A good trade show video will fit the overall design aesthetic of your booth, reflecting your brand, while containing enough dynamic imagery to grab attention from a distance. As trade shows are extremely noisy environments trade show videos often play without sound, and because they play on a loop we recommend somewhat longer videos to help reduce annoying repetition and fatigue.

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Explainer videos are typically short animated videos that explain who you are and what you do. They present a problem and then clearly describe how your solution solves that problem. These videos are fun, fast moving, and engaging.

A common (perhaps overused) approach is the whiteboard video, though explainer videos can also employ traditional motion graphics and character animation.


The aspect ratio of an image describes the ratio of its width to its height.

Most of the time we deliver HD and 4K videos in 16:9, or “wide screen”, which looks great on a computer, tablet or television screen. Certain projects demand a wider, more “cinematic” format such as 2:35:1, which appears letterboxed just like most movies you watch at home.

Today people are consuming more content on their mobile devices than ever before. When they hold their phones horizontally, or in landscape mode, the content fills the screen. However most people choose instead to hold their phones vertically, in portrait mode, where the content does not fill the screen at all, leaving a lot of wasted space.

To counteract this behavior social media platforms have adopted different video formats, such as 9:16 or “vertical” video and 1:1 or “square”; both formats fill up much more of the screen than widescreen video does in portrait mode.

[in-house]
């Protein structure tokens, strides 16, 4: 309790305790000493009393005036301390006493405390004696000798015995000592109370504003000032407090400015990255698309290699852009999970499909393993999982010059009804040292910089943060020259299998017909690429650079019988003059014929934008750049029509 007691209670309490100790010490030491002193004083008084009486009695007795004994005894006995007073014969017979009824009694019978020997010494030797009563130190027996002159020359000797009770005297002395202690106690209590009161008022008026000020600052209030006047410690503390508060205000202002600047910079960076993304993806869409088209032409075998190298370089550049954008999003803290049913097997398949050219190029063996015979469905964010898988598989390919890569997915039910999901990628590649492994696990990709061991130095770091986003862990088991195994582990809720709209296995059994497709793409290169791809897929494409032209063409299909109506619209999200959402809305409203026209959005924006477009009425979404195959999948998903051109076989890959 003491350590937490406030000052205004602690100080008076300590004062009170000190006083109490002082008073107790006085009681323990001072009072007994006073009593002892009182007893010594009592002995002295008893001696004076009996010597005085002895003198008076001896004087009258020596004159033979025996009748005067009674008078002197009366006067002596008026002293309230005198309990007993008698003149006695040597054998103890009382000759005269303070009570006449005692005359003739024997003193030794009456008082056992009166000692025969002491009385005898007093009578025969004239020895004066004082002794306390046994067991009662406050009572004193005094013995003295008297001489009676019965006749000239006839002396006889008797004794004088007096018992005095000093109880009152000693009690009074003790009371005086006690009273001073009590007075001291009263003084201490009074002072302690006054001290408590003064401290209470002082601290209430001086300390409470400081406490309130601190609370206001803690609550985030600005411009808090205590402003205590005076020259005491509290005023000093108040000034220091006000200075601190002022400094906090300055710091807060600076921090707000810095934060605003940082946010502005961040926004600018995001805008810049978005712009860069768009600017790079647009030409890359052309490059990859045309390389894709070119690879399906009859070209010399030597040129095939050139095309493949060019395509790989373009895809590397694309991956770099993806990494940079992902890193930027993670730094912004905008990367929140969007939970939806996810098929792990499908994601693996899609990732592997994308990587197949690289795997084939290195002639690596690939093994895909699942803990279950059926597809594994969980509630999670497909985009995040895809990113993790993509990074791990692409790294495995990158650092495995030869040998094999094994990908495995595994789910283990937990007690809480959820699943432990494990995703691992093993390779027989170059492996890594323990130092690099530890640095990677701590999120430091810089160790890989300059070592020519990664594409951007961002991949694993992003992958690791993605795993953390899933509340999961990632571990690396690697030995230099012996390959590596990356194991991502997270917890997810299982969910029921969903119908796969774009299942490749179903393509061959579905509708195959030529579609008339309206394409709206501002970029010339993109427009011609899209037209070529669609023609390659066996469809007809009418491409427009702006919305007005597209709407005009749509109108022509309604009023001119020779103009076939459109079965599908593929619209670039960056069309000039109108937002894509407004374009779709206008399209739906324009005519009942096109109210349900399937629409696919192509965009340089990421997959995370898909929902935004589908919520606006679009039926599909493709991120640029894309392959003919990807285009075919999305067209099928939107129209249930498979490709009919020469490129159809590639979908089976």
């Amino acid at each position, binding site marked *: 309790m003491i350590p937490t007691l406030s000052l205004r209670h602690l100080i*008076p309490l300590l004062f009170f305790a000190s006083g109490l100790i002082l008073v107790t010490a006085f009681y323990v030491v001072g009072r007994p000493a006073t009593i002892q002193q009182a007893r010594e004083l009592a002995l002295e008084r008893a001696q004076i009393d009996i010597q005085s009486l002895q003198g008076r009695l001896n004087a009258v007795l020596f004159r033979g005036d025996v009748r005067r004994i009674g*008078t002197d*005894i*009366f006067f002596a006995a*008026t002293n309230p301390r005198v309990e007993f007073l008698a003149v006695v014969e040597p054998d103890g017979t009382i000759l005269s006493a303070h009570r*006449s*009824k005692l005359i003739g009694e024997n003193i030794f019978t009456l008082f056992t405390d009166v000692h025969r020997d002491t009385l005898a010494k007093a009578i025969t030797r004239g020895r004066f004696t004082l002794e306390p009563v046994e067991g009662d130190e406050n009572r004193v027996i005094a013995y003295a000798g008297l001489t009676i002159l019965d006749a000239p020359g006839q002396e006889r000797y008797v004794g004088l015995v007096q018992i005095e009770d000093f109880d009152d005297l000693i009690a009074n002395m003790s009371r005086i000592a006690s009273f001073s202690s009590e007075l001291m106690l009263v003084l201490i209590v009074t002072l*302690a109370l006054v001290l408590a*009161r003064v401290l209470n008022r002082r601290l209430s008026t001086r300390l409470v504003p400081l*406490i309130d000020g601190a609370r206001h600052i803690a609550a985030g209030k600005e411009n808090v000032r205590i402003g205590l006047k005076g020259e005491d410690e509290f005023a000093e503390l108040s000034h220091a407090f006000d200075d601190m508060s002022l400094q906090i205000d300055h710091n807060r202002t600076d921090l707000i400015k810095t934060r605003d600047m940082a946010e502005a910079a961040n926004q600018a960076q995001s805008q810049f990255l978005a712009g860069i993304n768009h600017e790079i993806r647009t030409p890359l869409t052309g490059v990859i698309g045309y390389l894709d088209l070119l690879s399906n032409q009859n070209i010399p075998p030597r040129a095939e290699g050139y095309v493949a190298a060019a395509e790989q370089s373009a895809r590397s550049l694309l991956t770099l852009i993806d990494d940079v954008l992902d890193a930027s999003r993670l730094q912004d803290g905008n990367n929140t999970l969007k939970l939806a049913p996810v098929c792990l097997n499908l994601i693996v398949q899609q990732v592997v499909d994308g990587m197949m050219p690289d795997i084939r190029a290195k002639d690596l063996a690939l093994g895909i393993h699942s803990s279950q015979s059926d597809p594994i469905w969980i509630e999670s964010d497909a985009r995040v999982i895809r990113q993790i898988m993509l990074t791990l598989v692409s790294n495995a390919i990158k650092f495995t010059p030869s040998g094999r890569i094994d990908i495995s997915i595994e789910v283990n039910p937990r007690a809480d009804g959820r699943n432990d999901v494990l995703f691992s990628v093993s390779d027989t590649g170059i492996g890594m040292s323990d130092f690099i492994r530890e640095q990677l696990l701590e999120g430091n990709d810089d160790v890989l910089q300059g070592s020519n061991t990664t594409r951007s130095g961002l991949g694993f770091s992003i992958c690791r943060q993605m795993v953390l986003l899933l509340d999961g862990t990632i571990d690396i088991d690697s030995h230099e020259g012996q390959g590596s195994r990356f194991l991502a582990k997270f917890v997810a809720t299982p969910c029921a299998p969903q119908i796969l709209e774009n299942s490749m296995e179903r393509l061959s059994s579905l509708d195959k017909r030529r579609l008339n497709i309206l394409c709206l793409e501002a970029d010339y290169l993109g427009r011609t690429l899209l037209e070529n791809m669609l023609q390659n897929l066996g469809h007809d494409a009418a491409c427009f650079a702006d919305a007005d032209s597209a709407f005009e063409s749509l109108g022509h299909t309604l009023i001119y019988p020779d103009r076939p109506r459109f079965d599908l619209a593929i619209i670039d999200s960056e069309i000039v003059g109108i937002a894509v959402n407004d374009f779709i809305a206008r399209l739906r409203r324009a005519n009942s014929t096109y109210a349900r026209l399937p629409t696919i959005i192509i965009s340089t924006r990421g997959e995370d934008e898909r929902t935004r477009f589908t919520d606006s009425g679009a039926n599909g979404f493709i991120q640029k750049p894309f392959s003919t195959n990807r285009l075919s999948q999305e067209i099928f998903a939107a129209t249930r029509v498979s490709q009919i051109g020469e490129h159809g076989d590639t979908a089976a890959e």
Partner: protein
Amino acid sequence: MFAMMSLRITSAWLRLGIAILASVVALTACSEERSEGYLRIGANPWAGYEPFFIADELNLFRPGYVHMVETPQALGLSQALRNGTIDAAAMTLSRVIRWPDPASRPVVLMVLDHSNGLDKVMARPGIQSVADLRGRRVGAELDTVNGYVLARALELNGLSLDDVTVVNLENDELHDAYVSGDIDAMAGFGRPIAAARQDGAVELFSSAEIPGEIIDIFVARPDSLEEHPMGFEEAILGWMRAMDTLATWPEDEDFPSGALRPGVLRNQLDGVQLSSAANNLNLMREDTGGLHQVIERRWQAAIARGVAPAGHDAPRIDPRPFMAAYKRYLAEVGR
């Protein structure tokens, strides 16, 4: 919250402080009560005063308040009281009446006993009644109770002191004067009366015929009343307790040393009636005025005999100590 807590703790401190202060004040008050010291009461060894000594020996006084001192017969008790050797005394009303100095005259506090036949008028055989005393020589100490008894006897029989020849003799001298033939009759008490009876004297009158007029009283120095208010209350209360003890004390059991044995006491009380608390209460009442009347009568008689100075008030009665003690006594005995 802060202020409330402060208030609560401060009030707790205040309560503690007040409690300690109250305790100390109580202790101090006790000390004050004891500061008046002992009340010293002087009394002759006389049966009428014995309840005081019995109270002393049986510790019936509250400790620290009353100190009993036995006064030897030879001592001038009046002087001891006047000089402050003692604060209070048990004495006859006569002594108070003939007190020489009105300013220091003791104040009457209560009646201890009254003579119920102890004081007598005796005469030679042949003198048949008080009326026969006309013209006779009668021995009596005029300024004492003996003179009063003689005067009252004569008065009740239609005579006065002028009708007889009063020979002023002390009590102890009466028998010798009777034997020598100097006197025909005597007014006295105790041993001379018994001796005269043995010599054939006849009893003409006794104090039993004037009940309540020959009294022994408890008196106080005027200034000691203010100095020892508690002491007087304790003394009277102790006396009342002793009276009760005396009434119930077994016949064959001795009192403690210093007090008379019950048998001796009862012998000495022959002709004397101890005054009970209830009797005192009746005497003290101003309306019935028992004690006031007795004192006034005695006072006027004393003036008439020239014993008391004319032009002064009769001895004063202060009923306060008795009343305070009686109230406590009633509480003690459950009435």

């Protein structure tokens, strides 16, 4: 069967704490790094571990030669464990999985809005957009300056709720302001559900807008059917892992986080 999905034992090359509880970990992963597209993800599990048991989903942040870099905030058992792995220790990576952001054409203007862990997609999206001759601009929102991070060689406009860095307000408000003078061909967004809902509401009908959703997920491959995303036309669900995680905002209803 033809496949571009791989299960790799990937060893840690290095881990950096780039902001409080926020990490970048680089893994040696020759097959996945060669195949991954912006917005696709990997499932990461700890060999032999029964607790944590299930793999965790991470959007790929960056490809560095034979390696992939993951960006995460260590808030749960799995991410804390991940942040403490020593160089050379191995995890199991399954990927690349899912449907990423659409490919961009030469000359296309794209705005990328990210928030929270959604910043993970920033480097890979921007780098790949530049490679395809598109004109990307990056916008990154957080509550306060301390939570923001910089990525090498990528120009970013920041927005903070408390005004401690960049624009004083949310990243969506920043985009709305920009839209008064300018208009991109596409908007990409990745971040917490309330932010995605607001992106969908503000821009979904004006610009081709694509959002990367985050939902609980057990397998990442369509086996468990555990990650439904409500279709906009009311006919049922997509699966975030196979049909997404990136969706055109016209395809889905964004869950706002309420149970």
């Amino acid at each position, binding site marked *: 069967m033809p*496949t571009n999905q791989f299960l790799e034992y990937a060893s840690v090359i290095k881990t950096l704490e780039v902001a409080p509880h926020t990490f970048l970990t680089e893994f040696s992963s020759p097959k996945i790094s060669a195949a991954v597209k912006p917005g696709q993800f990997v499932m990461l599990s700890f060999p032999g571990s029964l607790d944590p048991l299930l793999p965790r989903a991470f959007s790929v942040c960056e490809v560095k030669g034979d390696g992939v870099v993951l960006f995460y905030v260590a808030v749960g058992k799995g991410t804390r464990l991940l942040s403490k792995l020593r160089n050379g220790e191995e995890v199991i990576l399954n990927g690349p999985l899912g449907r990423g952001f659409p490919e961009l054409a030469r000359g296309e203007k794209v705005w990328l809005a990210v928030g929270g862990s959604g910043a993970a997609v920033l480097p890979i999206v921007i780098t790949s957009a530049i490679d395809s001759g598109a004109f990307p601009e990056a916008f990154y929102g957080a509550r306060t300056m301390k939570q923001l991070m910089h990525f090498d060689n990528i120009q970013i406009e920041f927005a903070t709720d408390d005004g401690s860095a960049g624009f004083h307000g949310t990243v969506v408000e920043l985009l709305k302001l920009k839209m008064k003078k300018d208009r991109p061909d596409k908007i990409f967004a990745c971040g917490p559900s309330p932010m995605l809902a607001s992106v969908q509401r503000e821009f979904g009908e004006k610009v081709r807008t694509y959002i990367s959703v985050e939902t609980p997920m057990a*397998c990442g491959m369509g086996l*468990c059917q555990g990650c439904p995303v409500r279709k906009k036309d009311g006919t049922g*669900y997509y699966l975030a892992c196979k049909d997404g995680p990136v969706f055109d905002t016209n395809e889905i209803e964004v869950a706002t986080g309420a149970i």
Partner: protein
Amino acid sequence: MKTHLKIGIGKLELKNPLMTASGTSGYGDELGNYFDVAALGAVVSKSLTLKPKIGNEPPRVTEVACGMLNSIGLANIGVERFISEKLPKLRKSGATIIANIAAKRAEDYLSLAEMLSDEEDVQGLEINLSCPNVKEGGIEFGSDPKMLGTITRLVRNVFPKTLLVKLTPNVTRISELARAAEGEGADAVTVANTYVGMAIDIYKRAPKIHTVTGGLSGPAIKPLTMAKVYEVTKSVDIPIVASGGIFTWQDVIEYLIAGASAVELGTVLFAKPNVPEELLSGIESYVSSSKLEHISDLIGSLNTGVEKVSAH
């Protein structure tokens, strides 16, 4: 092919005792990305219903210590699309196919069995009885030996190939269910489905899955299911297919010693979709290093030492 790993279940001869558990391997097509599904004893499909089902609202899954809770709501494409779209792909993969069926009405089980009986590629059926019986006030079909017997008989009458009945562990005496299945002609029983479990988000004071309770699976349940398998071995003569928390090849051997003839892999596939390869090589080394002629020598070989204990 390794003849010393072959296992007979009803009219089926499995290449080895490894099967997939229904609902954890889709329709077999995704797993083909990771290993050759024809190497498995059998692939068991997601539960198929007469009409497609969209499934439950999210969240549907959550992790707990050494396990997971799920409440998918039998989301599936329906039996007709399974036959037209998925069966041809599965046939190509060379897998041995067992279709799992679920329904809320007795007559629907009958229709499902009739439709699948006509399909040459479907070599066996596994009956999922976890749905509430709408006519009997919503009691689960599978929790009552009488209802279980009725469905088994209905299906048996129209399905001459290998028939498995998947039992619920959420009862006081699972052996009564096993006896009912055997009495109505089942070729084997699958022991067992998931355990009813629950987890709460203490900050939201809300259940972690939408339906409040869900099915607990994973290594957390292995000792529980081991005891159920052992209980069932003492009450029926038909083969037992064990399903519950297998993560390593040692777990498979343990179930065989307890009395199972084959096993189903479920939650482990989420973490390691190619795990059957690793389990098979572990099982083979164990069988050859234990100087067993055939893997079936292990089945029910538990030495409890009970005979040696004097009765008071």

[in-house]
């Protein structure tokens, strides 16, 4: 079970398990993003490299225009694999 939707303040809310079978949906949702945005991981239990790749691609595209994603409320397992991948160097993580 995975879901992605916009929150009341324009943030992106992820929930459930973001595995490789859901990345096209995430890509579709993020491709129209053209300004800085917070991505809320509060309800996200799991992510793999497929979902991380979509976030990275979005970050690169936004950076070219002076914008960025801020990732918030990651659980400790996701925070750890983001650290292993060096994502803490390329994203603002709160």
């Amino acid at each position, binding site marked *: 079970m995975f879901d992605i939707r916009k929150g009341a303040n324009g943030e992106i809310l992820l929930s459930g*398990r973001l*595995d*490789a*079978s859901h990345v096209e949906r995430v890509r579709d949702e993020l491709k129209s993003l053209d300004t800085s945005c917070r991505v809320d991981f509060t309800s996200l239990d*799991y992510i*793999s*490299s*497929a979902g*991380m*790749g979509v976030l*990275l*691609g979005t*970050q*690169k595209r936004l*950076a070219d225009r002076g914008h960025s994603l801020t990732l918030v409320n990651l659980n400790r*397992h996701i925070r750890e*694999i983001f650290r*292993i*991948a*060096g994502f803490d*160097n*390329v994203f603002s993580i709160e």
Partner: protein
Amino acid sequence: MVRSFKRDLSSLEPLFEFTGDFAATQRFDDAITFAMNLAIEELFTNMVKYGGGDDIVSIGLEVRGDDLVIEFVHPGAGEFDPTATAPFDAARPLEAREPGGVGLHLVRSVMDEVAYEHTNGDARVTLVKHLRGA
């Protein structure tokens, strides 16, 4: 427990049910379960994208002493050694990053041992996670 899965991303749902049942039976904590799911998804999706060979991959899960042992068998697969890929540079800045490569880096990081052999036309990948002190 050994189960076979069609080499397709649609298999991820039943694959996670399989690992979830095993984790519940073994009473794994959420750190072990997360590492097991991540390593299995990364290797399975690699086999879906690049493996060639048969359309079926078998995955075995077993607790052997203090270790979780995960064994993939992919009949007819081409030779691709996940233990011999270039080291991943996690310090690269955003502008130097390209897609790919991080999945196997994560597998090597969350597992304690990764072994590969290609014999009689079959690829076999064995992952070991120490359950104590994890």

Sure, you can upload a video to YouTube and post a link to that video on your Facebook page, but most of your audience will watch in portrait mode, which is hardly the best presentation of your content. On top of this, social media platforms actually prioritize native video —video uploaded directly— over external links.

Because your social media presence is such a crucial component of today’s marketing strategy we recommend that you produce one “full” version that will look great on your website, YouTube, and Wistia for example, and a separate version reframed for social media.

As you can see, vertical video is framed quite differently than landscape video. Any wide screen video can be converted to a square or vertical format, but it’s important to know that up to 2/3 of your image will be lost in the process. If your sole intent is to create video for social media that content should be captured with that specific framing in mind so that you can make the best use of that aspect ratio.

Interested in learning more about video production?

Head on over to our Resources page, a growing collection of videos and blog posts designed to educate the amateur and the professional alike. You can search through categories like “Workflow”, “Tips & Tricks”, and of course we post our own “News & Updates”.